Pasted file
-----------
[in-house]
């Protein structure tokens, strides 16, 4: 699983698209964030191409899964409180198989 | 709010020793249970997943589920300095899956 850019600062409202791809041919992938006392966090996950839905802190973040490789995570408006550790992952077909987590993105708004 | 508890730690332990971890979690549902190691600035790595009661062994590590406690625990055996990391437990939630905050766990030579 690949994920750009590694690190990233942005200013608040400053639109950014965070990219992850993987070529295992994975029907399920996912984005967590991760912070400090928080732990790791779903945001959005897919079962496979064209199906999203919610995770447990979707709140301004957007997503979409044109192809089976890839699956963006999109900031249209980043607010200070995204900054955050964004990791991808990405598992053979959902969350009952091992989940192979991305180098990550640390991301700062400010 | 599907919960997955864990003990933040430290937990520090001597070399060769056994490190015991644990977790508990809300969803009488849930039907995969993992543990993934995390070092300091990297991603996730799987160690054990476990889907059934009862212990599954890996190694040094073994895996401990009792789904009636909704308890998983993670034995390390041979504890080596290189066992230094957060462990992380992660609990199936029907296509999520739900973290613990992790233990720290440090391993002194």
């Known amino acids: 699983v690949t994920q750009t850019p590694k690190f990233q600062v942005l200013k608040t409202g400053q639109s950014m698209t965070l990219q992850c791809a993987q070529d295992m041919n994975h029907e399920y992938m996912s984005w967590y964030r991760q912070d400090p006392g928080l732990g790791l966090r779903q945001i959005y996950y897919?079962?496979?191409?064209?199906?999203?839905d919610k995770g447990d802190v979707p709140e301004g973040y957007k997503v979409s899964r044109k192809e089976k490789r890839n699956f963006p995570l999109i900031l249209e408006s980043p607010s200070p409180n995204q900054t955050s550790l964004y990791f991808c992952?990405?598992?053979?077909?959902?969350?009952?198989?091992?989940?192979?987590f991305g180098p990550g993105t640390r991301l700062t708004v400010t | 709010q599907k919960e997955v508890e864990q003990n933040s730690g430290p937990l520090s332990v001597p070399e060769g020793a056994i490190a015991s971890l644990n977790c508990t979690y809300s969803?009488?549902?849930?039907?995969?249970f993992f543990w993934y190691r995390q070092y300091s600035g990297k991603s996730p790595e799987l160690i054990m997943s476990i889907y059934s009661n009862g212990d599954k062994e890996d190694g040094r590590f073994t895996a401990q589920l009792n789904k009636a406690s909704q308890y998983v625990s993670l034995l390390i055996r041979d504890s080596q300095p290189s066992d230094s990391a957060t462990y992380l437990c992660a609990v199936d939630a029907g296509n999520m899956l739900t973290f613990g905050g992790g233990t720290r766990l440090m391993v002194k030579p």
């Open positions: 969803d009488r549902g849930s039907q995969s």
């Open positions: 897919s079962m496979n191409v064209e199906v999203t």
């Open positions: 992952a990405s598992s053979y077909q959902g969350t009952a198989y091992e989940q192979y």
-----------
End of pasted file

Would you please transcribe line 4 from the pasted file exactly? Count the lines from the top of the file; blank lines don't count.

């Open positions: 969803d009488r549902g849930s039907q995969s």